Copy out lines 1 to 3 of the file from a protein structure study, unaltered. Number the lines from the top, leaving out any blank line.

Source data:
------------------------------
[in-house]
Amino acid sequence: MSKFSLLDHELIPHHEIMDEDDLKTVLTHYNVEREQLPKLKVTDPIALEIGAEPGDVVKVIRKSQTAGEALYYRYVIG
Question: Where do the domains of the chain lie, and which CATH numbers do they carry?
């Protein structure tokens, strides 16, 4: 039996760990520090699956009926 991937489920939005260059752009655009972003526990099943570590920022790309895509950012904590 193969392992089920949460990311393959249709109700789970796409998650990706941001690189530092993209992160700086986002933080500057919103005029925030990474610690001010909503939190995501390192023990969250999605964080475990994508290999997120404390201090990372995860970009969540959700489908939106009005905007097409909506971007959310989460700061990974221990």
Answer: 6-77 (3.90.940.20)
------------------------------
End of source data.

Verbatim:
[in-house]
Amino acid sequence: MSKFSLLDHELIPHHEIMDEDDLKTVLTHYNVEREQLPKLKVTDPIALEIGAEPGDVVKVIRKSQTAGEALYYRYVIG
Question: Where do the domains of the chain lie, and which CATH numbers do they carry?